pmccool's picture
pmccool

Nathan and da boys send their regards. 

Paul

alfanso's picture
alfanso

I was always a fan of the name Nicely Nicely Jones, but hadn't thought of it for years.

Two refer-backs.  The uncle of my good friend from Da Bronx since forever ago was B.S. Pulley, who played Big Jule on B'way and in the original movie.  And the fellow, whose stationery store I worked in as a young adult for years until I could figure out what to do with my life, walked right off the pages of a Damon Runyon story.  I'd often described him to others that way.

Thanks, and thanks for making me connect the synapses so early in the day!

alan

WatertownNewbie's picture
WatertownNewbie

Alan, another fine bake and excellent write-up too.  I especially like the dark color of the big loaf.  Is 460dF sufficient to produce that?  Or is there some other trick?  My ciabatta usually ends up a nice golden brown, but I have purchased ciabatta at a bakery in NYC that has the color of yours, and I have always wondered how to achieve that.

Thanks again for posting the photos and detailed description of the process.

WatertownNewbie's picture
WatertownNewbie

Alan, now that I'm diving into your recipe, I have a couple of questions.  You do no pre-shape before the final proof, but you "Roll and stretch dough" just before it goes onto the peel.  For my ciabatta I typically do a letter fold before proofing on the couch, and then I dimple and slightly stretch before putting the dough onto the peel.  What is the "roll" aspect of your shaping?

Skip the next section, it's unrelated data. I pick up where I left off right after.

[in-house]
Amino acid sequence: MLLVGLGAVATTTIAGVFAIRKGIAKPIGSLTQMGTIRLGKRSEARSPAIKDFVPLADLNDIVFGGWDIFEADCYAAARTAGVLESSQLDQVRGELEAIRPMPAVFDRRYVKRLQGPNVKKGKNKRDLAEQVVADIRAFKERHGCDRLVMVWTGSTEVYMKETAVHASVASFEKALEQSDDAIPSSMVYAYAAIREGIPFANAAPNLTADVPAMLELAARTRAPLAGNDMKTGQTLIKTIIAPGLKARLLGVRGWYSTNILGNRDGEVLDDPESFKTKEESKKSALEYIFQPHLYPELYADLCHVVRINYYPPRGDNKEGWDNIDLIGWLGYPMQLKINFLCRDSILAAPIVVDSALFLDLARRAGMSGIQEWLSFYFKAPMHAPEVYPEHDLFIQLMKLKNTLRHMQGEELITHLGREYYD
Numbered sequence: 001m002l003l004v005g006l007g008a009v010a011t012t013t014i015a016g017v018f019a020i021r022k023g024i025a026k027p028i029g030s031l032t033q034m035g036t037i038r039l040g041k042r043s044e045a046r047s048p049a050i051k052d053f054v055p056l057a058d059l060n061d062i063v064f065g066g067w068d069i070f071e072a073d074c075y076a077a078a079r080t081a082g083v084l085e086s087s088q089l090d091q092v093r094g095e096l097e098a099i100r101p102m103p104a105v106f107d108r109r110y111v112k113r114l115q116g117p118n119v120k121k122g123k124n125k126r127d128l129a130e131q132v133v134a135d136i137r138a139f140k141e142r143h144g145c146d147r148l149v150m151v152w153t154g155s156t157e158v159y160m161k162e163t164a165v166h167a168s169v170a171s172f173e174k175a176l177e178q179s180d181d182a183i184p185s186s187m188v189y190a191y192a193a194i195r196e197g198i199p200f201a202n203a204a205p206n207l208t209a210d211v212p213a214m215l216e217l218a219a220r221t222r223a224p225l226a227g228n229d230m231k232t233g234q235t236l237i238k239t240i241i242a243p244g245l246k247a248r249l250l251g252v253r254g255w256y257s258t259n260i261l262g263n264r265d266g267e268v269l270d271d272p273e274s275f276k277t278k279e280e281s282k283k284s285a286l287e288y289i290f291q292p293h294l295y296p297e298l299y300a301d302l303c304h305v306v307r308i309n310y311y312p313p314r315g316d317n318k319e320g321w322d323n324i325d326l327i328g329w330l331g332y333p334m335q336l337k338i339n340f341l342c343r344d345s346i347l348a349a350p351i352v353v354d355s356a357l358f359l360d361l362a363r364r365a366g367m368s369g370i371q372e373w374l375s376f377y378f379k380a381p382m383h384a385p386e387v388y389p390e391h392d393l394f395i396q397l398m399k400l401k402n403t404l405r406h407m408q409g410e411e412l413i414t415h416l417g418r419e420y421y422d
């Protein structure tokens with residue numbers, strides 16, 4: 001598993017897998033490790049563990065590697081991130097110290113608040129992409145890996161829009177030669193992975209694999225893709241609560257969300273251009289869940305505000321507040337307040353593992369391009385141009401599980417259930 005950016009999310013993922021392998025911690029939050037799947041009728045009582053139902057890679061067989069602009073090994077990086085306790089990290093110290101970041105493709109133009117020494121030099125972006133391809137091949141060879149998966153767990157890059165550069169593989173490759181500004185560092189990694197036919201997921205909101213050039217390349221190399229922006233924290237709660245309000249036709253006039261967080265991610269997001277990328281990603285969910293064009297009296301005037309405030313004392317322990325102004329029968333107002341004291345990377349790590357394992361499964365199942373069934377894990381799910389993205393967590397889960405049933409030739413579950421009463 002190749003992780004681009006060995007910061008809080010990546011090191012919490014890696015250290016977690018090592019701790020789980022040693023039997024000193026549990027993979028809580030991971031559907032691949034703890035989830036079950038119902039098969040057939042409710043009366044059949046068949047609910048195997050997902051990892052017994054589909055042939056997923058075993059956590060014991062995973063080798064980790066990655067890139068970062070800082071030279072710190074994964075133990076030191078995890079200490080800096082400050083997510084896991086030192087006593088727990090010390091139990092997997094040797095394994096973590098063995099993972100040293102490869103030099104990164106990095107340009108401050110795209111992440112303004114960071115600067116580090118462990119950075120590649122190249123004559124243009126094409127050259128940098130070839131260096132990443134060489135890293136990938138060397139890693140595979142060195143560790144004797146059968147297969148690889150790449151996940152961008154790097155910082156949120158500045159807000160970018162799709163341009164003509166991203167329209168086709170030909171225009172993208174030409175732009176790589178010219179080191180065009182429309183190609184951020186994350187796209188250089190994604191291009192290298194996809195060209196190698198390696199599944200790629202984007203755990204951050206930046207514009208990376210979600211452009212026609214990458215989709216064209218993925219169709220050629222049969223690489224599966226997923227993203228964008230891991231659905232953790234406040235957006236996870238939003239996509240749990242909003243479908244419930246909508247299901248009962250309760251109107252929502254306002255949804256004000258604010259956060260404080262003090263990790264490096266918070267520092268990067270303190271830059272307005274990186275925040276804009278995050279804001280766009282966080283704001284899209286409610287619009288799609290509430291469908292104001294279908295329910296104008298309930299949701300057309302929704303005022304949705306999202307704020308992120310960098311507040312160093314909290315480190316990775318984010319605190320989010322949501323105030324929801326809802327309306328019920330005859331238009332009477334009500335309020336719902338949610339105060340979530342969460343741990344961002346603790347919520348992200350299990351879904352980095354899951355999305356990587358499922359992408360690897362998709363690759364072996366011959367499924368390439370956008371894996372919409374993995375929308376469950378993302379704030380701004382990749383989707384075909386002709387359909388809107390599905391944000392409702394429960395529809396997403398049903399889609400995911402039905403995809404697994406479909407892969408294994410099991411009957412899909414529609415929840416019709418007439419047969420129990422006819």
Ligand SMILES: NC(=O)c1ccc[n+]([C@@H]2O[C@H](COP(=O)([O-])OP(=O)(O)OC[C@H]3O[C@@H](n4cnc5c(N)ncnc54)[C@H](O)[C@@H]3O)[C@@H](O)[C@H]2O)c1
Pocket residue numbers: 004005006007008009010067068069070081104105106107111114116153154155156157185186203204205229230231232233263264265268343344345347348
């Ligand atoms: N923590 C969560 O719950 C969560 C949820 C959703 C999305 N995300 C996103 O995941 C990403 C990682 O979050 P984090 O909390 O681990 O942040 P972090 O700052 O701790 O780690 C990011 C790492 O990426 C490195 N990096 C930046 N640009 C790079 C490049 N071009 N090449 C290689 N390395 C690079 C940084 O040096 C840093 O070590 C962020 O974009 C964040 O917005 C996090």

Does the use of cold water make a difference?  If so, in what ways?

Thanks.  Ted

alfanso's picture
alfanso

Ted,

Thanks for the kind words.  I added some further notes to the body of the entry.  Before this version of ciabatta, I had never shaped it except to stretch it as the dough traveled from bench to couche.  This method is a new way for me.  You can see the shaping and roll on the MeGee video.  His billowy dough isn't even remotely like any ciabatta dough I've ever seen before, but the methodology is what I followed.